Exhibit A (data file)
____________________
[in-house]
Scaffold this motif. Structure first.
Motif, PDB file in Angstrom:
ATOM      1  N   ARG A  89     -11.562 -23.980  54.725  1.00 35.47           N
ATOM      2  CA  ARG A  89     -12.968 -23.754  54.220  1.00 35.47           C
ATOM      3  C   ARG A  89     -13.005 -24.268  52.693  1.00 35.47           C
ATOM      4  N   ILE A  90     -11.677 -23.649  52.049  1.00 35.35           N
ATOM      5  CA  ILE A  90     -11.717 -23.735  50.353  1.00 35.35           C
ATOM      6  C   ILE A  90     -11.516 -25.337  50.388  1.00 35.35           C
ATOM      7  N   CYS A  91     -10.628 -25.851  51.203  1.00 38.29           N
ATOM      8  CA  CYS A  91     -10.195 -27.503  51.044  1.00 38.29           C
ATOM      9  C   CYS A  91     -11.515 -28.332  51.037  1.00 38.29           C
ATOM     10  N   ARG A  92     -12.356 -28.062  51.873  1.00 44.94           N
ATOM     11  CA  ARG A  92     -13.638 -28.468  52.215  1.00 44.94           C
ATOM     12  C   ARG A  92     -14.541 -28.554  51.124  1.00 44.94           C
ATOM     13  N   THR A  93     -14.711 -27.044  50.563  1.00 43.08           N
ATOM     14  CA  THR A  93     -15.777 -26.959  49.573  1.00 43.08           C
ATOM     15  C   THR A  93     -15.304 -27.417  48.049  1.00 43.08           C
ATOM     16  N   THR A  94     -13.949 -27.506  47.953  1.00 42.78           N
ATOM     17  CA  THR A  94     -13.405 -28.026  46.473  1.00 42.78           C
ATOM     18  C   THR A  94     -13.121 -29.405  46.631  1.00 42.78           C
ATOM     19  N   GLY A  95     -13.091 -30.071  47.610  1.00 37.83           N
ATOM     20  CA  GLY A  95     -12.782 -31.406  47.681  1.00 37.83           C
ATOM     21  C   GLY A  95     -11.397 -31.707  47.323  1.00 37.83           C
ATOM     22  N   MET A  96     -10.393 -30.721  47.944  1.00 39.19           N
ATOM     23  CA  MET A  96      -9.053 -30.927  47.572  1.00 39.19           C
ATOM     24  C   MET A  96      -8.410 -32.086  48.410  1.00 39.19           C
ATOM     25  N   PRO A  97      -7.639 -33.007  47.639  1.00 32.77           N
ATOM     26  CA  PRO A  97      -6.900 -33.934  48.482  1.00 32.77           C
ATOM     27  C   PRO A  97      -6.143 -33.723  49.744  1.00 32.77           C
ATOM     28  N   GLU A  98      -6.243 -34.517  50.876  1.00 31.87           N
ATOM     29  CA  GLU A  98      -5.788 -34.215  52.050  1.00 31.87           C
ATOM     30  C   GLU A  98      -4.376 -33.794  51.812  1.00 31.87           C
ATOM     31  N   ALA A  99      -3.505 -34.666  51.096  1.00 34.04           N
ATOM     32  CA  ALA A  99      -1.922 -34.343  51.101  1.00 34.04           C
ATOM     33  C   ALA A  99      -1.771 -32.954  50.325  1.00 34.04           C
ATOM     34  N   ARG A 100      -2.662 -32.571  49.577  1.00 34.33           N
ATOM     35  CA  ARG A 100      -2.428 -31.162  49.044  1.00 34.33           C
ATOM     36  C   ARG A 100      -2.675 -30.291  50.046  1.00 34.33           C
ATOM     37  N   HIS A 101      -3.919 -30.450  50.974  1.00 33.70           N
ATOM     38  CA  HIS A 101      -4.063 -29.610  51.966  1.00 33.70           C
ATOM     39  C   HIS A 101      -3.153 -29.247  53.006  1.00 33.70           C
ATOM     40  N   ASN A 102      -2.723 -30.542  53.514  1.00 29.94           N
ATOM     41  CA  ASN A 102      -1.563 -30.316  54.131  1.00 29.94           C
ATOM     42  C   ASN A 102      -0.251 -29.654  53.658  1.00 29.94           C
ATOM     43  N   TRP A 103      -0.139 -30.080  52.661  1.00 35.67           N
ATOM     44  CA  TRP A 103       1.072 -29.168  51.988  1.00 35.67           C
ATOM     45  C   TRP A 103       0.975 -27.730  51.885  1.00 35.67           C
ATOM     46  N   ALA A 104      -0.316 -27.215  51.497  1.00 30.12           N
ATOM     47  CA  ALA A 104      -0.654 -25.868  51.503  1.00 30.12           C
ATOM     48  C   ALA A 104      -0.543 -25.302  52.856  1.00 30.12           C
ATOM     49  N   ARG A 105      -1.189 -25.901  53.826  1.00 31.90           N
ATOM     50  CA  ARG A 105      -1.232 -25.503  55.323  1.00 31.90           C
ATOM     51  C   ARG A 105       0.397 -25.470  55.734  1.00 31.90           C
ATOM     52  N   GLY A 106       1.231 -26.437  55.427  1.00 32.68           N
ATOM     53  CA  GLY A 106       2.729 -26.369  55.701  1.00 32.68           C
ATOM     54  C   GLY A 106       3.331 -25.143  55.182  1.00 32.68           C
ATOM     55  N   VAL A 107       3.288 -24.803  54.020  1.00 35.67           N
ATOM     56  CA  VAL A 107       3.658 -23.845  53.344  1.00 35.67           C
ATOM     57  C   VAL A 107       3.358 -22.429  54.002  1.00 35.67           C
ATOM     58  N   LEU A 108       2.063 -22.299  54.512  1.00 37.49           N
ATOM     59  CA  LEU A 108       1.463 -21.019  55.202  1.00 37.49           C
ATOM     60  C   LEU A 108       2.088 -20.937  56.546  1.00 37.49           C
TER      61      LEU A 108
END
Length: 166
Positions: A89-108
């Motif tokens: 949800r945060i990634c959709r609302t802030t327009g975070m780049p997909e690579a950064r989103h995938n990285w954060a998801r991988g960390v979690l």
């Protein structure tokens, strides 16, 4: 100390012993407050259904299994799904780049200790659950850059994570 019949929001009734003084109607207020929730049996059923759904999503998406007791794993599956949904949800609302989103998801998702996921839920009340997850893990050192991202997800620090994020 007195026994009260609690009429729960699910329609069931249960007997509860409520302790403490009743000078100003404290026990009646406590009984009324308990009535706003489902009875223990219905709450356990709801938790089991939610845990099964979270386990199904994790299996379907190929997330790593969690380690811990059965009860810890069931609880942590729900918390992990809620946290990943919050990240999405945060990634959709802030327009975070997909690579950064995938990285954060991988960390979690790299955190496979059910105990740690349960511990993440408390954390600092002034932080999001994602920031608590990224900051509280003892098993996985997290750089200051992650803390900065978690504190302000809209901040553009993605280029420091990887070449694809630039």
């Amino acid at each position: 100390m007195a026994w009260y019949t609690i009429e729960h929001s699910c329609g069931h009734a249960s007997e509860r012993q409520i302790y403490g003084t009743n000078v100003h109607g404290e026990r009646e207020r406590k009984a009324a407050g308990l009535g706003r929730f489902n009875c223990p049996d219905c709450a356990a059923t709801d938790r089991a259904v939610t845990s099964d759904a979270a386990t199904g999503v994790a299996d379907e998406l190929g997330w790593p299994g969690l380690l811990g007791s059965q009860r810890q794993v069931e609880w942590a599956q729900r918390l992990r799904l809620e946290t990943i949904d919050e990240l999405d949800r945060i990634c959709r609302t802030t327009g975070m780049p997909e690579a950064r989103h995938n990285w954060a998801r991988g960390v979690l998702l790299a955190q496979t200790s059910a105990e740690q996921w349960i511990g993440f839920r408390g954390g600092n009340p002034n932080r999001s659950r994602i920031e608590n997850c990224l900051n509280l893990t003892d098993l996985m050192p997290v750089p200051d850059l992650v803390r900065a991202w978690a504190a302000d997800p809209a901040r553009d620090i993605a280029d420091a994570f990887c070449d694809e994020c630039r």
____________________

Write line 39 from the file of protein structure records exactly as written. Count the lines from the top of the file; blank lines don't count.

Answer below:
ATOM     36  C   ARG A 100      -2.675 -30.291  50.046  1.00 34.33           C